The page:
The goals of ClassDojo - also as stated on their home page - are to:

Improve behavior

Improve specific student behaviors and engagement by awarding and recording real-time feedback.

Share data

Print or email beautiful behavior reports to easily engage parents and staff.

Save time

Save time by recording behaviors and accomplishments right in class, with just one click: NO extra data entry required.

However, while teachers are recording data on...

Bill Fitzgerald | September 7, 2014

When I see a group of white teachers, largely female, posing and smiling in their NYPD t-shirts, it gives me pause.

Not because their union told them not to, but because it shows an incredible degree of cluelessness and disregard for the students they are supposed to be serving.

According to the NY Post the photo above shows teachers at PS 220 in Queens. By my count, there are 20 people in the photo. I was curious about the demographics of the school where this picture was taken, so I went to NCES where you can look these...

Bill Fitzgerald | September 6, 2014

Update, 25 September 2014: ClassDojo founder Sam Chaudhary responded to this post in the comments. I followed up in a new post. End update

As part of a survey of privacy policies I was doing for work, I took a read through the Privacy Policy and Terms of Service for Class Dojo. For those unfamiliar with Class Dojo, teachers can use it to collect and share feedback on student behavior. One of the uses of this information (optional - not required) is to create an online, real time behavior wall, where all kids or classroom visitors can see other kids' feedback.

The Class Dojo privacy policy is pretty easy reading. They clearly have made an effort to make the...

Bill Fitzgerald | September 1, 2014

I've written about this a few times, and I'm wondering what movement (if any) there has been within either union leadership or rank and file on open content as a union concern, especially as it relates to teacher professional development and local control. Doing this well would require paid staff time, which is why union involvement is key.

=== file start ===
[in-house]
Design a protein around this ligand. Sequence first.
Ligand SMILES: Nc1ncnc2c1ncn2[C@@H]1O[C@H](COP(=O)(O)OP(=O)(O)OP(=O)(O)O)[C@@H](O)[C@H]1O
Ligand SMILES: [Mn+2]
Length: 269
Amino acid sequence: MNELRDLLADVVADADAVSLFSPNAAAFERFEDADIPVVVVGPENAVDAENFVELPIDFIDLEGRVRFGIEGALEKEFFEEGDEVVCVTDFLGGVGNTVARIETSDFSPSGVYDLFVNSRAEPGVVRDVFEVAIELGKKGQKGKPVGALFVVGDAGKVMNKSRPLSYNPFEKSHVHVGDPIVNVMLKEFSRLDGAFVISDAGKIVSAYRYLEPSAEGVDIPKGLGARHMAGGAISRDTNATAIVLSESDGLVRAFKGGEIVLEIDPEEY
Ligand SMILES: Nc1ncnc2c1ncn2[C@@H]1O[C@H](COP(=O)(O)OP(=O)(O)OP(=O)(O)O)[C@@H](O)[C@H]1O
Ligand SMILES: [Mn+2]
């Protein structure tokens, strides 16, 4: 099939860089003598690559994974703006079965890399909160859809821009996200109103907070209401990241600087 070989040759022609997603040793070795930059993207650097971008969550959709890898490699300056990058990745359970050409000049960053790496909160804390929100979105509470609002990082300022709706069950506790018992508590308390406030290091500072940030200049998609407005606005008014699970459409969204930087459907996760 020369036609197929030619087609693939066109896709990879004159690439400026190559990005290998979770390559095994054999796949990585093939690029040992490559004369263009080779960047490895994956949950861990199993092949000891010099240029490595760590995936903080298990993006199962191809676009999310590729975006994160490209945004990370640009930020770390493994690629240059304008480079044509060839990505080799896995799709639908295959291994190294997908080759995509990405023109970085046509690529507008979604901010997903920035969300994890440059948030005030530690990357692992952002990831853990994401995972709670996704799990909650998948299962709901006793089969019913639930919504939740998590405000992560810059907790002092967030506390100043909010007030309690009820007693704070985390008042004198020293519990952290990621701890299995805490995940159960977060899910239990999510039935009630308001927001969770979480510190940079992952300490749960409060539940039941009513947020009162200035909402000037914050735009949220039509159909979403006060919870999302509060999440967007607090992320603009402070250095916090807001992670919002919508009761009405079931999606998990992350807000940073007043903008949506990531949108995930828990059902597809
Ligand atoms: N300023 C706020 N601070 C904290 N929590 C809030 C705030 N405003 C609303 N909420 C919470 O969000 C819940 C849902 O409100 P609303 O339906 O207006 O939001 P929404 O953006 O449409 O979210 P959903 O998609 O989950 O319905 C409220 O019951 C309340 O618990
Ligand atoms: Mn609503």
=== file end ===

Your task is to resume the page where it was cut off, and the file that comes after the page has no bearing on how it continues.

To quote from an earlier blog post on the subject -

At a high level, here is how this could be done:

  • If every teacher within a school shared 3-5 of their best units from each course they taught, that translates into a significant amount of useful content that is relevant and successful within a local context.
  • If a group of districts agreed to pool the resources shared by teachers from the different schools within the district, the shared content would likely translate...
Bill Fitzgerald | August 29, 2014

The Family Educational Rights and Privacy Act, or FERPA, gives students and parents rights to access, review, and dispute educational records. FERPA also attempts to define an "educational record."

However, having rights is one thing, being able to use them is another, and being informed of those rights is yet another. In order to get a sense of how easy or difficult is is for students and parents to learn how to use their FERPA rights in different educational settings, we conducted a series of basic searches on charter school districts and large urban school districts.

Our method is pretty simple: start with a Google search on the term FERPA and the phrase "Family Educational Rights and Privacy Act" limited to a specific school district or charter organization.

In some cases, we would then do a follow up search using the site's native search for both terms separately: FERPA, followed by "...